SUNY New Paltz students and faculty experienced a taste of royalty last week, when Crown Prince Alexander Karadordevic II of Serbia spoke at the Honor’s Center about his efforts to institute a constitutional monarchy, and his view for Serbia’s future.
Clad in a suit with a light blue shirt and red tie, Karadordevic, along with Serbian Crown Princess Katherine, met with around 100 individuals to articulate his desire to implement a fair democracy in Serbia, advance the country’s economy and become a member of the European Union. Karadordevic said he has always been very ardent defender of democracy and human rights.
After the collapse of the Soviet Union in 1991, the Crown Prince became one of his country’s leaders in its fight to shake the World War II wounds and reconstruct a country based on democracy and equal rights.
In an attempt to garner strength in the fight for democracy, Karadordevic stayed in contact with democrats throughout former Yugoslavia and held three conferences, most notably in April 2000. The purpose of the meeting, he said, was to “unite democratic leaders and agree to work together on the principles of democracy.”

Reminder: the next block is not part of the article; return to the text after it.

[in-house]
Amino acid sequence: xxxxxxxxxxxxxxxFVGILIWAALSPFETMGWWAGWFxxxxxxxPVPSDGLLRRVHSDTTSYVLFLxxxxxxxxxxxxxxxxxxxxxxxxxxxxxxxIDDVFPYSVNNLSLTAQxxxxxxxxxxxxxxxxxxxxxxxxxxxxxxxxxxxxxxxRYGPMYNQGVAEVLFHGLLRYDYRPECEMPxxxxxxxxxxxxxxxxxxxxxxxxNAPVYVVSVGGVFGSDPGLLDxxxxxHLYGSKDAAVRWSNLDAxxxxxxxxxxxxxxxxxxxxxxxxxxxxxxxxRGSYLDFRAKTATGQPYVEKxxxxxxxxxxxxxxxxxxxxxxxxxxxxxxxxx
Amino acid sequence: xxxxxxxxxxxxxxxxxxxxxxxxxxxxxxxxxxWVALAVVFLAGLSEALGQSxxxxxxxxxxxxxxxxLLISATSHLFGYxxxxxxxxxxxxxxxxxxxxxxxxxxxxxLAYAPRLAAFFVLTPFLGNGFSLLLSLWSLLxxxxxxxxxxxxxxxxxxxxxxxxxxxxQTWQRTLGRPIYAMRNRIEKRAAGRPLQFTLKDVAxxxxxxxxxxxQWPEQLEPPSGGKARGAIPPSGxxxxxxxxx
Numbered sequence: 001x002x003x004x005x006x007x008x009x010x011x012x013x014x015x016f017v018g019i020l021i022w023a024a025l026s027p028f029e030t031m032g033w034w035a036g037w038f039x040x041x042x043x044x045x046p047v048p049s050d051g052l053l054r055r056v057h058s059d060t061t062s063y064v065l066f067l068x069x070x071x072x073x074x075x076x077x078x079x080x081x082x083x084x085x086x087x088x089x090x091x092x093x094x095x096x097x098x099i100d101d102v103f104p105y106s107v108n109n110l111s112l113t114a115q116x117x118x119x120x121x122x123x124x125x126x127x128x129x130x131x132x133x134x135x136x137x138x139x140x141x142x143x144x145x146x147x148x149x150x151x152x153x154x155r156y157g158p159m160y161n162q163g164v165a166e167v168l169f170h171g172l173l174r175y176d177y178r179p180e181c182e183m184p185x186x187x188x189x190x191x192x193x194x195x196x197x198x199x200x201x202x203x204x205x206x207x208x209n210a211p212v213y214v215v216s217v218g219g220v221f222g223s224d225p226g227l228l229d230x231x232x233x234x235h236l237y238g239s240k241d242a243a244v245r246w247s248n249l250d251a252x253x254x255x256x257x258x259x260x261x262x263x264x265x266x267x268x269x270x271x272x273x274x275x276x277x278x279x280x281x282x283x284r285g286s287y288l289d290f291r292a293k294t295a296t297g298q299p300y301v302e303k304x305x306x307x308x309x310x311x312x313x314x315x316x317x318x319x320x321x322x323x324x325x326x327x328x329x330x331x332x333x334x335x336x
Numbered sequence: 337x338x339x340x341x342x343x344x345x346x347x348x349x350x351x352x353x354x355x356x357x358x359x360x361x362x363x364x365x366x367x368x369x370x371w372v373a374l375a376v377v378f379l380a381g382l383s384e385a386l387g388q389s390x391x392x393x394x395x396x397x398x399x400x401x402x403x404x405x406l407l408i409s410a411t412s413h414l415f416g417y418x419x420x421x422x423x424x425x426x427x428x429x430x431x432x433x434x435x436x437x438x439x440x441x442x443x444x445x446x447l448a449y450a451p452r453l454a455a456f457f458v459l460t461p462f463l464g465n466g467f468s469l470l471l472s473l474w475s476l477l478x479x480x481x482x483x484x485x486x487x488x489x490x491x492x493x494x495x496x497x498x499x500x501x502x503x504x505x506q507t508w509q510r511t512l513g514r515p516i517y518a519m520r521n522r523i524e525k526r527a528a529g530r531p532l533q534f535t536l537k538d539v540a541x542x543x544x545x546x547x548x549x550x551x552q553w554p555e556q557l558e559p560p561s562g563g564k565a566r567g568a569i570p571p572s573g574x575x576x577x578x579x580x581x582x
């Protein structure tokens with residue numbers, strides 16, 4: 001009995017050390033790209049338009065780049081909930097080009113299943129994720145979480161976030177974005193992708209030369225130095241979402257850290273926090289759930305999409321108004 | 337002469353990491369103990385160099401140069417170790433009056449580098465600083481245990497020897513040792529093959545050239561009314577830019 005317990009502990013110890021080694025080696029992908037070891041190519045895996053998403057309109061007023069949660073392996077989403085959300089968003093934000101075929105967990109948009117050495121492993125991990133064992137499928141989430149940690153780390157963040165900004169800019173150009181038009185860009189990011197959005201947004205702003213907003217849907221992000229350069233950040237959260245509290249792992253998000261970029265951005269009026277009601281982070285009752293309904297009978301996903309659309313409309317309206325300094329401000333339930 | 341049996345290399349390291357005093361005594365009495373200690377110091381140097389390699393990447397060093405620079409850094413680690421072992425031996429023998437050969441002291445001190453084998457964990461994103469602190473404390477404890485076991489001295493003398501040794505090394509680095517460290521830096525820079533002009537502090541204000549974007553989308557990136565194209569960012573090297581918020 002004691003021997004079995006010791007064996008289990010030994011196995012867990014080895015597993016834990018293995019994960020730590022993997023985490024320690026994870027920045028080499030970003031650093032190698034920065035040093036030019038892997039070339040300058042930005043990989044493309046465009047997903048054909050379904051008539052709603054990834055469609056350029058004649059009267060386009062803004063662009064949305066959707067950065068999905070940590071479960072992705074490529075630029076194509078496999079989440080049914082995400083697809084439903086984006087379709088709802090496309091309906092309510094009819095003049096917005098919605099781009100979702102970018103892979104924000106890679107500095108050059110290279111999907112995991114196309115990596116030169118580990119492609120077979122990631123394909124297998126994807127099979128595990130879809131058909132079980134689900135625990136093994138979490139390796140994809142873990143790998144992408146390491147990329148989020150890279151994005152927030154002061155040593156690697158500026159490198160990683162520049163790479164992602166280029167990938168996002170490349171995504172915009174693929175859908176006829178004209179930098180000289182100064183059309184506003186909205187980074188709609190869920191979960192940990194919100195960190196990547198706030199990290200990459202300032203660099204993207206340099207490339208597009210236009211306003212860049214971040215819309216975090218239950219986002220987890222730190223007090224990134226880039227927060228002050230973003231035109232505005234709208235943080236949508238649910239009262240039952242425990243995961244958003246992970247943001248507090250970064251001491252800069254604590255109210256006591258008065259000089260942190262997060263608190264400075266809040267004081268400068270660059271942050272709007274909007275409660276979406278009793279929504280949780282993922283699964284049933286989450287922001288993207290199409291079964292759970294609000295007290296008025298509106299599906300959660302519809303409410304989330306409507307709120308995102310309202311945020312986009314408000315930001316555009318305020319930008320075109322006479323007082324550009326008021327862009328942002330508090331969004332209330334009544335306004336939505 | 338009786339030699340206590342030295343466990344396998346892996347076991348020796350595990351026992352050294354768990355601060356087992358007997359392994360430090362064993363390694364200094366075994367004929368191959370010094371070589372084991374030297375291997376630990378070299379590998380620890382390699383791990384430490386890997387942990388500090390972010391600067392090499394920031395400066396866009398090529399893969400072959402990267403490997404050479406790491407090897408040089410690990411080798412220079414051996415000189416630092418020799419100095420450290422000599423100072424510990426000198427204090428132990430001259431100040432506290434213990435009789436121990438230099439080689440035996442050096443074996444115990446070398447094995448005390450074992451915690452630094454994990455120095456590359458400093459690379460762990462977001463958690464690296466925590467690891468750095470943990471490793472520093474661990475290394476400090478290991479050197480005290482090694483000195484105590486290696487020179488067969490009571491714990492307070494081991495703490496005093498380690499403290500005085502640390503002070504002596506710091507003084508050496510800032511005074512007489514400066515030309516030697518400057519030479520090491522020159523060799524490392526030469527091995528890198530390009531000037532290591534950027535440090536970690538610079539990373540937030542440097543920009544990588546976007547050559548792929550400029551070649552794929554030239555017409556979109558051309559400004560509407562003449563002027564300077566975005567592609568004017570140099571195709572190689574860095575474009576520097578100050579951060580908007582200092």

The Crown Prince said the April meeting was “extremely successful” in helping to elect a democratic leader of Serbia in September of that year.
Karadordevic has also fought to fix Serbia’s withering economy by sending workers abroad. He said that citizens who work abroad are able to send currency back into the country and help bolster local business. He is also attempting to lure foreign investors and improve the nation’s public relations.
“We must depend on the young generation who will be the leaders into a better future,” Karadordevic said.
Despite the advances Serbia has made since the end of the Cold War, Karadordevic said that more progress is still to come.
“There is no democracy at midnight,” Karadordevic said.